The Numbers Game

Another academic year is almost in the can at my day job. As things wind down for staff and students, a lot of IT work is just kicking off for the project frenzy that is the summer months in higher ed. There is a lot to ponder and analyze at the end of every school year, but this go around feels a little different.

On the personal side, I’ve crossed the 21-year mark with my current employer, and am thankful every day that I had the good sense to take a 25% cut in pay way back when to get my foot in the door in hopes that a fantastic career would blossom (it did). I’m also counting the miles I need to drive to see my daughter graduate college, and the months until her wedding later in the year. I’m tallying the time until each of my two sons finish their PhD programs in the near future, and wondering what comes next for all of my kids in the days to come. My wife and I are approaching our 30-year anniversary, we just lost a beloved dog who lived to be 14, and I figure I can now play about 8 good chords on the ukulele. Lots of numbers to think about… thankfully most have good connotations.

But back to work, and work-related numbers.

Image result for numbers clipart

I’m seeing that our big-honkin’ WLAN served around 30K simultaneous clients at the busiest part of each day.  Add remote sites in the US and abroad, and we’re well towards 33K. That equates to millions of aggregate hours of network usage that includes academic instruction, online business applications, gaming, entertainment, and all kinds of stuff whizzing across that sweet, sweet Wi-Fi. We’ve had phenomenally low numbers of trouble tickets (statistical zero, by several measures) and few social media swipes at the WLAN over the last two semesters, and continue to validate that our mantra of “stability above all”  has yet again paid off for a lot of people who need to do their work (and play) over the WLAN.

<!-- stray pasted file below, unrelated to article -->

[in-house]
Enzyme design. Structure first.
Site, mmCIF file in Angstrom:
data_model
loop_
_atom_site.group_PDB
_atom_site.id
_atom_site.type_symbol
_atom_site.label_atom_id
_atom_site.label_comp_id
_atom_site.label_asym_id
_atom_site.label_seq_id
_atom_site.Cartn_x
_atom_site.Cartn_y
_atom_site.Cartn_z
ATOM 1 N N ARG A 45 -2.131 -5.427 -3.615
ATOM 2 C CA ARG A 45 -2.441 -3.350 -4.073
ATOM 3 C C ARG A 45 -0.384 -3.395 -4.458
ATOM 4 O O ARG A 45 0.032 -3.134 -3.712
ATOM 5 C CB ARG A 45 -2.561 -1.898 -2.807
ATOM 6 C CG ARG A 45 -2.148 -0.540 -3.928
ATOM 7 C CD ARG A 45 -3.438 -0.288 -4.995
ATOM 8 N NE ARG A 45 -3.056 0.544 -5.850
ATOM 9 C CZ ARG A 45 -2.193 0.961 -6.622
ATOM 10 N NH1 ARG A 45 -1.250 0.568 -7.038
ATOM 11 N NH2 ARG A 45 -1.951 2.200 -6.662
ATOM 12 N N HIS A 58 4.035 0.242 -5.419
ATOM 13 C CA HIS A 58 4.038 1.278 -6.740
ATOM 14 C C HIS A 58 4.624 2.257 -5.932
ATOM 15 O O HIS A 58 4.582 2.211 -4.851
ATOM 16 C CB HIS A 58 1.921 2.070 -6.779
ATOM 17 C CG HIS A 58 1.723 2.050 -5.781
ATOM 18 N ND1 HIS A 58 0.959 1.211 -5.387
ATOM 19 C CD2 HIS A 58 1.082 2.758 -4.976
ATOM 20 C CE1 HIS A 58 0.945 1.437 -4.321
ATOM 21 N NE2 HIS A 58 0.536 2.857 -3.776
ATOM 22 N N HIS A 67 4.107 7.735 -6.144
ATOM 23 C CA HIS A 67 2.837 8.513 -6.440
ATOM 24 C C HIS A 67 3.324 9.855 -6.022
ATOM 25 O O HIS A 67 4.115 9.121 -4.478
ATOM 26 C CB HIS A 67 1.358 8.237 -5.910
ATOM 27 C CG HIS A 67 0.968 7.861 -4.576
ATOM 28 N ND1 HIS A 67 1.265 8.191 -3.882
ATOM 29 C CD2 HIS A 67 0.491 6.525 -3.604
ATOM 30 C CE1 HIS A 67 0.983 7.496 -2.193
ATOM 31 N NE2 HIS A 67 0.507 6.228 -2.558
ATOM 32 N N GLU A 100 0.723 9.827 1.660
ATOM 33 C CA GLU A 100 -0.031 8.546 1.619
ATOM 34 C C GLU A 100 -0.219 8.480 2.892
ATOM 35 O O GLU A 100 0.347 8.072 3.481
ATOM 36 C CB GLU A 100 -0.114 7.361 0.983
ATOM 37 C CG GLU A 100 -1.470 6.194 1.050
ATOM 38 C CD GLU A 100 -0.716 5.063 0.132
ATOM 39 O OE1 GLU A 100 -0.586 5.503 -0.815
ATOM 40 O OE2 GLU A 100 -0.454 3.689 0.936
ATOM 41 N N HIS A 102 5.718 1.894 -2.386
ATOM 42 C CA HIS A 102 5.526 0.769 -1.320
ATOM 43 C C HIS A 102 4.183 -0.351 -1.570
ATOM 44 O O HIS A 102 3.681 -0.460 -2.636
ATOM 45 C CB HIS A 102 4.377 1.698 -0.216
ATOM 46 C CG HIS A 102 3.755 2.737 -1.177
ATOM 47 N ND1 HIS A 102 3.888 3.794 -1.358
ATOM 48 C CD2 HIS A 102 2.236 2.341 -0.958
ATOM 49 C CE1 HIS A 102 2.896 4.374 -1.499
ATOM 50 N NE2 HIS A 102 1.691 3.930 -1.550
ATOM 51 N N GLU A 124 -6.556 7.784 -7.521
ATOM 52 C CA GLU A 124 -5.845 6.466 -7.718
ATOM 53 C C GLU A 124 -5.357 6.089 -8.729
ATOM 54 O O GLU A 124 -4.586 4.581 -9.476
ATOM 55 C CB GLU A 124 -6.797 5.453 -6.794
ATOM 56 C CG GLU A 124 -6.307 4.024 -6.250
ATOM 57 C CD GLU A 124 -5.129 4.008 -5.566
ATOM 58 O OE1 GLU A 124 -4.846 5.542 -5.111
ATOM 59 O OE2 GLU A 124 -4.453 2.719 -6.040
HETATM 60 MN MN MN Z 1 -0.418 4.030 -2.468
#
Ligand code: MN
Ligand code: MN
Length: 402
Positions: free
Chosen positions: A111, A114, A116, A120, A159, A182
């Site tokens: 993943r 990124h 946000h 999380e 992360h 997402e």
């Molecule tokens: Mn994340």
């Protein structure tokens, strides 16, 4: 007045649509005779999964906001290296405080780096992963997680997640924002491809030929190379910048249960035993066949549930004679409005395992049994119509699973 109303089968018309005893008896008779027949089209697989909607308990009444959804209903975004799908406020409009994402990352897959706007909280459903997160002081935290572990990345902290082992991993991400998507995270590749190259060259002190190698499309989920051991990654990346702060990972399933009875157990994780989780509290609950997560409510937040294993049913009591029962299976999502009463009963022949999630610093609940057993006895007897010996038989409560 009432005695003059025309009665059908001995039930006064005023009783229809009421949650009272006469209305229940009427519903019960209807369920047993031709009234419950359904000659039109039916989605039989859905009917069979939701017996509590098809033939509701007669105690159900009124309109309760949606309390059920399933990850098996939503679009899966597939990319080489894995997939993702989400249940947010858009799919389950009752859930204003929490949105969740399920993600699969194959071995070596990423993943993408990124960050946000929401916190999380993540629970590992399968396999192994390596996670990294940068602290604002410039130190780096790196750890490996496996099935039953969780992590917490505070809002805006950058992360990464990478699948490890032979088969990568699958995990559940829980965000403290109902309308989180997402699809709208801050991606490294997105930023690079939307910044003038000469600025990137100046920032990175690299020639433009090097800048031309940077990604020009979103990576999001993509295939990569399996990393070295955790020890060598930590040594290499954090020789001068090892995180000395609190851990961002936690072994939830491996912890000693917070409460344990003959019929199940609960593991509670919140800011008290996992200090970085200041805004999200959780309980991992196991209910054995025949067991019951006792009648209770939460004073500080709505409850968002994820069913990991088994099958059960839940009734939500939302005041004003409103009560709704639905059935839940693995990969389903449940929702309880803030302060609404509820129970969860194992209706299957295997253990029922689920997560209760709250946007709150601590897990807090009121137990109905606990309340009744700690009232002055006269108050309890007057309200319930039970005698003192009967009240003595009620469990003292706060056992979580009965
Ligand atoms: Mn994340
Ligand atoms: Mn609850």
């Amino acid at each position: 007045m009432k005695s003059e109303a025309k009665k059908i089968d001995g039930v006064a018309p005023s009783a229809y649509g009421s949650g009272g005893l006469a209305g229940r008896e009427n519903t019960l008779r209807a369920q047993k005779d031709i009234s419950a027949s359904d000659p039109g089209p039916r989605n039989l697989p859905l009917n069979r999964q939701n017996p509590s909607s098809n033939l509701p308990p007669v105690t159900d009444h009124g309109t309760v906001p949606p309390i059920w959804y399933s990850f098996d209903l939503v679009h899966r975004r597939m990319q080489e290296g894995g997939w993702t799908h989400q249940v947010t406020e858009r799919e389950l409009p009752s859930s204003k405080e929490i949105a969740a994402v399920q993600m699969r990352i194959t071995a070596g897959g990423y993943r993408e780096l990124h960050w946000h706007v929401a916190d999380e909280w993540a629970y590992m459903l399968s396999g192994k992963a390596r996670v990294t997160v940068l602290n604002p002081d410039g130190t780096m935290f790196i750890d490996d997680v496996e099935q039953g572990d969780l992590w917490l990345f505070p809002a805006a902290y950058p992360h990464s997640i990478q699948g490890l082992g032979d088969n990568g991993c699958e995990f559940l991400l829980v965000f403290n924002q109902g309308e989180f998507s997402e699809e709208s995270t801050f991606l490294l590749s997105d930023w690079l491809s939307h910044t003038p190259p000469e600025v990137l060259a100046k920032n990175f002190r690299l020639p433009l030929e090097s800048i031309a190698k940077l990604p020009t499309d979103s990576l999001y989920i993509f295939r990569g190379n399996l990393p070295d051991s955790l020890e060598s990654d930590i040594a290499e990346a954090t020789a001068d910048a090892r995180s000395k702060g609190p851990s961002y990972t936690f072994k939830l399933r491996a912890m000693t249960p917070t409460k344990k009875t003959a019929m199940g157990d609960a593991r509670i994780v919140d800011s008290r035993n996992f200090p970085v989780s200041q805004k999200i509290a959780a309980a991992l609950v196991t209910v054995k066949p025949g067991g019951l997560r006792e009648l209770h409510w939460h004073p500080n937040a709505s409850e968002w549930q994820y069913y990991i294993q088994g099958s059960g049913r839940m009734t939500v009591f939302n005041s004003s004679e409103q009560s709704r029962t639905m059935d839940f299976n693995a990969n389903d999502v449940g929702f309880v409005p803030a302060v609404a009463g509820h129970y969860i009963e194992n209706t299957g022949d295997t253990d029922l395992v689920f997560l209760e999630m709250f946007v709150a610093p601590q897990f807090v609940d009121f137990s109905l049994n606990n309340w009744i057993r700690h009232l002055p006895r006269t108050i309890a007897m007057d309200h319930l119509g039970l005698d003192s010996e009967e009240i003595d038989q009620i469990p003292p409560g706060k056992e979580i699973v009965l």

Looking forward, I feel a tension brewing. At some point, our 4,300+ access points will need to be moved off of legacy controllers (Halle-freakin-lujah!), and will grow by hundreds as new buildings come on line and old designs are updated. But those 30K+ clients will need the same stability we’ve mastered on the existing hardware (by never upgrading from one of the few stable code versions we’ve ever found), and new hardware is the devil you don’t know. Then there are the new licensing paradigm numbers- as best I can tell we’ll being paying a lot more but not actually getting a lot more (beyond buzzwords) for those dollars, but I hope I prove myself wrong. I do know that my “Intent” is that the next generation of wireless code won’t suck as bad as the last, and that our vendor at some point realizes that you can only license the shit out of so much before you force customers to find relief elsewhere. Whatever- that is my battle to fight.  Meanwhile… a reminder on the most important numbers:  those 30K+ clients with their millions of hours of network use just want things to continue working well.